Viacom Inc. said Friday that its fiscal third-quarter net income rose 20 percent, boosted by higher affiliate fees at its cable TV channels and an increase in advertising revenue.
The New York company, which owns MTV, Comedy Central and Paramount Pictures, posted an adjusted profit that fell a penny short of Wall Street expectations, but its revenue came in higher than expected.
Viacom also announced that its board boosted the company's stock buyback program to $20 billion in shares from $10 billion, adding that the company plans to buy back $2 billion in shares under the expanded program over the next several months.
Its shares rose more than 4 percent in premarket trading.
For the quarter ended June 30, Viacom earned $643 million, or $1.31 per share. That's up from $534 million, or $1.01 per share, in the same quarter of 2012.
Excluding discontinued operations and one-time items, Viacom earned an adjusted $1.29 per share for the latest quarter. Analysts polled by FactSet expected $1.30 per share.
Revenue increased 14 percent to $3.69 billion from $3.24 billion. That topped analysts' expectations for $3.57 billion.
Viacom said revenue at its media networks business increased 13 percent to $2.57 billion, boosted by a 26 percent jump in global affiliate revenue that stemmed from both digital distribution agreements and rate increases.
Traditionally, Viacom's pay TV channels generate about two-thirds of its revenue and nearly all of its profits. But an increasing amount of the company's revenue is coming from licensing content to video streaming services.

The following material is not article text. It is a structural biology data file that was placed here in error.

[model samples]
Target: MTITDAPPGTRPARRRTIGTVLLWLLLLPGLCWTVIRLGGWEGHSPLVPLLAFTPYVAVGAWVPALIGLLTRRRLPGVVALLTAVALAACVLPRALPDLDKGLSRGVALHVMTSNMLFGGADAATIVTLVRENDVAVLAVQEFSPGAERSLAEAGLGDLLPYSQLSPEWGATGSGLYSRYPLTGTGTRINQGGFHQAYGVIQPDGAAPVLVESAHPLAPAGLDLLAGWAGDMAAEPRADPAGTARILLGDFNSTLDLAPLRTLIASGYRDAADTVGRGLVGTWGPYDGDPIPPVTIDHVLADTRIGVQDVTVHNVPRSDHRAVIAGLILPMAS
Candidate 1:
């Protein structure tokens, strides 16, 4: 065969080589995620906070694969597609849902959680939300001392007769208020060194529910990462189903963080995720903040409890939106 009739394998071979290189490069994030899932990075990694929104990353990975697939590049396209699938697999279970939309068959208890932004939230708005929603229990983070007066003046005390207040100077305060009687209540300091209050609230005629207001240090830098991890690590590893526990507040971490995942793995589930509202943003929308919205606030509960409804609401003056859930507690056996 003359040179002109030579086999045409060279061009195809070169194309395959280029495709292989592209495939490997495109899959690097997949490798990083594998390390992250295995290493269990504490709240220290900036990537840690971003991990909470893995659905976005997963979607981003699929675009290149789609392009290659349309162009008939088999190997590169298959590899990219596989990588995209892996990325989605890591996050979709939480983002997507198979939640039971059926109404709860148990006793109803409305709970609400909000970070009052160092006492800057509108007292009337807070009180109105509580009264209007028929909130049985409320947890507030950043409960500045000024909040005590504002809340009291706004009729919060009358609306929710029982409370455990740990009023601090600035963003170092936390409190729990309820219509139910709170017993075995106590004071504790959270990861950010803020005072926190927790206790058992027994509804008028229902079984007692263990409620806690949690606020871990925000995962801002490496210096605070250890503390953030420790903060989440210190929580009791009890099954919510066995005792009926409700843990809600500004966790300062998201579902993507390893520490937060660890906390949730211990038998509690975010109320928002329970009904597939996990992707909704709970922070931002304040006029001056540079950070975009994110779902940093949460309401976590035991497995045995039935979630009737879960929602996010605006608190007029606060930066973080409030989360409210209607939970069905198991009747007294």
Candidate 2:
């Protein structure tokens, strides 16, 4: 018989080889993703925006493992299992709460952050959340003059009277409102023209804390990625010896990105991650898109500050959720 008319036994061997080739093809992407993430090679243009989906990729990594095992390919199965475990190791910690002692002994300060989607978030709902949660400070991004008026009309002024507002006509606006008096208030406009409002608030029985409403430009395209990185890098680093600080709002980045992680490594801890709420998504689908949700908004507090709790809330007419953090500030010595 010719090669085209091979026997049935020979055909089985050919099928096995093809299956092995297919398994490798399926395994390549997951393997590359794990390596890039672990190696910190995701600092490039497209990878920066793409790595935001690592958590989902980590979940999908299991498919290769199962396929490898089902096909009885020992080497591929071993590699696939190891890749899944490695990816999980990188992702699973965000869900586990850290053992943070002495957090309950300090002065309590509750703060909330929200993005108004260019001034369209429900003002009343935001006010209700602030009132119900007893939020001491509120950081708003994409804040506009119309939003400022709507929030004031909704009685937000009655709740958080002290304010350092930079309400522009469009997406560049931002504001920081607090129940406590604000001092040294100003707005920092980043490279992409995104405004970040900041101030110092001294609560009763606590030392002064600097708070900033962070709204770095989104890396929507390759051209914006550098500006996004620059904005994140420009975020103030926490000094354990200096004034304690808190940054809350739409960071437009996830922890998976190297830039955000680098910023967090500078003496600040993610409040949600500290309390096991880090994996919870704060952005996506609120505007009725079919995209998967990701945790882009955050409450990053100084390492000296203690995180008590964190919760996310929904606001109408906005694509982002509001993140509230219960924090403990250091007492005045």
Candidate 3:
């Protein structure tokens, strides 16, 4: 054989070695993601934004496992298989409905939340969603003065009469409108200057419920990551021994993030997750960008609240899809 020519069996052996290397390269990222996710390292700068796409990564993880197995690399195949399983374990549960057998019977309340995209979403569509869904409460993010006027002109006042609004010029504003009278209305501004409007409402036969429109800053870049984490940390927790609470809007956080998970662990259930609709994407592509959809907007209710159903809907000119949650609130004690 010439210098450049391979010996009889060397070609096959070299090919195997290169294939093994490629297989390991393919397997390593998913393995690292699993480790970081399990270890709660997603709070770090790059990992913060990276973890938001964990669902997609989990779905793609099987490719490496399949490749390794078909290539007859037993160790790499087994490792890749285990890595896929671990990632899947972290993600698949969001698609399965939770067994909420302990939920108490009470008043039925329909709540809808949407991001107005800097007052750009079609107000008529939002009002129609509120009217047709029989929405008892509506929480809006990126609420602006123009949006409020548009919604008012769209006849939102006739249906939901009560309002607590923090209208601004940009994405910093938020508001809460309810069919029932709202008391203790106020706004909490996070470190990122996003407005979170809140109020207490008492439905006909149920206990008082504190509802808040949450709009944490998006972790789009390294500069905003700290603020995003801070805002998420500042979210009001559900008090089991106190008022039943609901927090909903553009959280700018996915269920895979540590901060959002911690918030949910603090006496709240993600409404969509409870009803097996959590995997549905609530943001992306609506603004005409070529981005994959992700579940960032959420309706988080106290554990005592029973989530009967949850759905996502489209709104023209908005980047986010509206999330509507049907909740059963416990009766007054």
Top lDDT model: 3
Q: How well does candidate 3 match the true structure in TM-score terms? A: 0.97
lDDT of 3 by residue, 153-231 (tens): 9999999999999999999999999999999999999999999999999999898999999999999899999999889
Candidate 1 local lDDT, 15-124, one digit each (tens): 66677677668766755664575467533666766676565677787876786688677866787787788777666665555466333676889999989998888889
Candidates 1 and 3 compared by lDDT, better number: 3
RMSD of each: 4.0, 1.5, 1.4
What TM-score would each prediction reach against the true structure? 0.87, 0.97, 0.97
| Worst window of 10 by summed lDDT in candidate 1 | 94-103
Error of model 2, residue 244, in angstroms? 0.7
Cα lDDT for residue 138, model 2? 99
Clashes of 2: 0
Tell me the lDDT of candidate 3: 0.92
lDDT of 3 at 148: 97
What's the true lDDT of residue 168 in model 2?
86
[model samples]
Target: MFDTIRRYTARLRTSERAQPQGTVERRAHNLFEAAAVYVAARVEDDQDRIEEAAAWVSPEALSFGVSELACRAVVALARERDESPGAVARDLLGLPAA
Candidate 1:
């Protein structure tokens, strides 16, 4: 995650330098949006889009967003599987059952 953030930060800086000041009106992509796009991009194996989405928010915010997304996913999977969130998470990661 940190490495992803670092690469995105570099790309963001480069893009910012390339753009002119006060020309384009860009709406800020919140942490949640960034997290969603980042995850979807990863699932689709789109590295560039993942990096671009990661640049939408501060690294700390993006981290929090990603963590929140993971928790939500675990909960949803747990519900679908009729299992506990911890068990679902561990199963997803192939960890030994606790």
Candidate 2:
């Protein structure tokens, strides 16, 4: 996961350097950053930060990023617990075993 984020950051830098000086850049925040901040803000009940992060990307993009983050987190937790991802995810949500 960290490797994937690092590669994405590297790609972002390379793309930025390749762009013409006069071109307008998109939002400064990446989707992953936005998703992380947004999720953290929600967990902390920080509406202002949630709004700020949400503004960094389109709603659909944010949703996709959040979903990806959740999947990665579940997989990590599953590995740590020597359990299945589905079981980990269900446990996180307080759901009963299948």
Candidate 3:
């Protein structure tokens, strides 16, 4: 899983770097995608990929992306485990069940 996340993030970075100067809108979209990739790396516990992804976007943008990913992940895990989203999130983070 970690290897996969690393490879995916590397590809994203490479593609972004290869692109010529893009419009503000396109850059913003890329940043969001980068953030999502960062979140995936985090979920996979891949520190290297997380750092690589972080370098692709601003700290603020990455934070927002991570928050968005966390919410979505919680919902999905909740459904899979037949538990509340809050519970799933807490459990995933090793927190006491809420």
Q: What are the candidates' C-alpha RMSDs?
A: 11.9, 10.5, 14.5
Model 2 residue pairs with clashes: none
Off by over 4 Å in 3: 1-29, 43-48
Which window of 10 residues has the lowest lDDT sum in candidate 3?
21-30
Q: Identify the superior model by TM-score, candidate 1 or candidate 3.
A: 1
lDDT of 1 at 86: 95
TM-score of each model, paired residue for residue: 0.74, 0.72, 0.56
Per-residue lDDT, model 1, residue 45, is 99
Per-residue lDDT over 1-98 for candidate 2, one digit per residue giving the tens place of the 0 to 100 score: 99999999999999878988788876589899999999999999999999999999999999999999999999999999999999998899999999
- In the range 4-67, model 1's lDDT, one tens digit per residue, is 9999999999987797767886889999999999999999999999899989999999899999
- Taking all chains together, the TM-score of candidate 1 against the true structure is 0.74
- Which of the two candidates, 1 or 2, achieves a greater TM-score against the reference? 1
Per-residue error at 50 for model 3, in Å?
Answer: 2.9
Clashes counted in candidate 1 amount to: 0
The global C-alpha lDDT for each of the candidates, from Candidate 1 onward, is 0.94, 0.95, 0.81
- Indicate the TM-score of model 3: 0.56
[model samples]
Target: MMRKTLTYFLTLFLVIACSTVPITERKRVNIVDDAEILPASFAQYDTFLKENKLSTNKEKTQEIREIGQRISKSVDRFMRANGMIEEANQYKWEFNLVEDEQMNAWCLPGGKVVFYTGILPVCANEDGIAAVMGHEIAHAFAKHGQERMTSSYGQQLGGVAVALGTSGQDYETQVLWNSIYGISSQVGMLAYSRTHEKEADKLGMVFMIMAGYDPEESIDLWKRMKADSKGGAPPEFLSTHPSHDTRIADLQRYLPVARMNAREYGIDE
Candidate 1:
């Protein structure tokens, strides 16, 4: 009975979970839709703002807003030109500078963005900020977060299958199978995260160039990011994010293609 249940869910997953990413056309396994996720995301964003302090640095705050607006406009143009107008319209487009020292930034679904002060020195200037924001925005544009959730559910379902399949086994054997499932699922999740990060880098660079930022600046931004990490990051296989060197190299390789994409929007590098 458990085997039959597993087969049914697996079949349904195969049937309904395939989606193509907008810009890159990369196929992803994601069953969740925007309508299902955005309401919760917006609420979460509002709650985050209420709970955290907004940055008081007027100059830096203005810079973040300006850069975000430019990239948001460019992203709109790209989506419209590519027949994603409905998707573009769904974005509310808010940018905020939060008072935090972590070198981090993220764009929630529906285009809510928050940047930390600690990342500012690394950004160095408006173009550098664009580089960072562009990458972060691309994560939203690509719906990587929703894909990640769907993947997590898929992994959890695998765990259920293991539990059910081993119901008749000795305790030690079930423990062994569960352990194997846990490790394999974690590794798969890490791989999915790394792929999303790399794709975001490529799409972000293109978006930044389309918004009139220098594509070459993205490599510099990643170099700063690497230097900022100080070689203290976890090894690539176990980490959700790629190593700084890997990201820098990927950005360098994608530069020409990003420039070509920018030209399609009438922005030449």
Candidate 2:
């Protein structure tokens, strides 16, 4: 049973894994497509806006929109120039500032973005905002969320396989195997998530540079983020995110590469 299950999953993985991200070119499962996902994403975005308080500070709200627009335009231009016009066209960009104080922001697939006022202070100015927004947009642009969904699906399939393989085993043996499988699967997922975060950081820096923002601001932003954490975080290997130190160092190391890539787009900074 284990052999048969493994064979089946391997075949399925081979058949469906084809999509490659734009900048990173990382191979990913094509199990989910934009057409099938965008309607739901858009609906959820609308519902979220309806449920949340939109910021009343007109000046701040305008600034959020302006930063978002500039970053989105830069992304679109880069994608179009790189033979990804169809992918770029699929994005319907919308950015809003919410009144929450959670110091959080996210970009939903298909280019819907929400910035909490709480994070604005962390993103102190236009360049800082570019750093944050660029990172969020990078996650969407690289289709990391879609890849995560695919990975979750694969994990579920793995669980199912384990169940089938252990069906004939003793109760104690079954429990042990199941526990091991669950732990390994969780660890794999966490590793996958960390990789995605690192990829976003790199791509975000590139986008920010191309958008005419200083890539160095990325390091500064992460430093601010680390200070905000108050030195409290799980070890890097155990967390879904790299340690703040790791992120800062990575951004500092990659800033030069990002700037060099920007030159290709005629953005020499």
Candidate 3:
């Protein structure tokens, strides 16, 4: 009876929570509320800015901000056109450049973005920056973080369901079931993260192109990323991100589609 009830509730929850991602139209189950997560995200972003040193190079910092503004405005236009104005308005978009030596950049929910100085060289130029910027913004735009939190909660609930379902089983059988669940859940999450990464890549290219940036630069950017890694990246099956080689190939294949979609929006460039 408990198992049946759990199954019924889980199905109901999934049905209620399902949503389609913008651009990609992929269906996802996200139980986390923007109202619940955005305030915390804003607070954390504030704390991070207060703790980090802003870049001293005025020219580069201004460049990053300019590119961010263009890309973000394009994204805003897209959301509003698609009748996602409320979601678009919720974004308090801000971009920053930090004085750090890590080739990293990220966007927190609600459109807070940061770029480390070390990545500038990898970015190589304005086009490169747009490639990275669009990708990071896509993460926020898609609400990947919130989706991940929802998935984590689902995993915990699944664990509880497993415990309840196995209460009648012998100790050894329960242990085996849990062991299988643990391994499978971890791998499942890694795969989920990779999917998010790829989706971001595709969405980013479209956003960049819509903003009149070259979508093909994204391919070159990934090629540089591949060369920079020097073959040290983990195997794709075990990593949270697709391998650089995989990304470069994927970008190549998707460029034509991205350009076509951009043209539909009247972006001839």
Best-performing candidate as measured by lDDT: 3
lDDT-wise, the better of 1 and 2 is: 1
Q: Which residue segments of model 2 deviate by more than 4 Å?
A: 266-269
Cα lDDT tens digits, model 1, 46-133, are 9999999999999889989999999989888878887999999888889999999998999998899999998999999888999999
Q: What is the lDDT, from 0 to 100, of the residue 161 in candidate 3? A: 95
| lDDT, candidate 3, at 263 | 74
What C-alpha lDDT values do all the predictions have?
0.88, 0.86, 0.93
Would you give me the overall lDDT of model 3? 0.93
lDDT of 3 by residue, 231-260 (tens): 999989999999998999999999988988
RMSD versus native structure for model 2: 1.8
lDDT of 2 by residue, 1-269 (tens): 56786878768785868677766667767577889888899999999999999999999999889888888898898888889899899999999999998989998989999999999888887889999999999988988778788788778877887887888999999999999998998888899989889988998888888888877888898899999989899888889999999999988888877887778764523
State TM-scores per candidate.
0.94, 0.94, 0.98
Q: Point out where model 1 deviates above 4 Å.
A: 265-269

In early June, the company struck a licensing agreement with Amazon.com Inc., giving it exclusive online rights to key Viacom programming, including episodes of Nickelodeon's "Dora the Explorer," after Viacom couldn't come to terms on a larger, omnibus deal with Netflix Inc.
Excluding digital distribution agreements, which are affected by the timing of available programing, domestic affiliate revenue rose in the "high-single digits," Viacom said.
Domestic advertising revenue increased 6 percent, helped by higher ratings, while worldwide advertising revenue rose 5 percent. Viacom has been struggling with a ratings decline at Nickelodeon, but the company third-quarter results lapped a weak year-ago performance, so the increase in advertising revenue was expected.
Revenue at the company's filmed entertainment business, increased 15 percent to $1.16 billion, as global theatrical revenue jumped 64 percent to $464 million, helped by the releases of the movies "Star Trek Into Darkness," "World War Z" and "Pain and Gain," along with continued strong ticket sales of other movies released in the second quarter.
The jump in film revenue also was largely expected. "Star Trek Into Darkness" has already brought in about $450 million globally, while one of the year-ago quarter's major releases was "The Dictator," which grossed $177 million globally.
But operating income at the business dropped 63 percent to $17 million, pulled down by higher film distribution costs.
Viacom shares rose $3.32, or 4.4 percent, to $78.21 in premarket trading. That would top its 52-week high of $75.09 set July 19 if it were to hold up in regular market trading.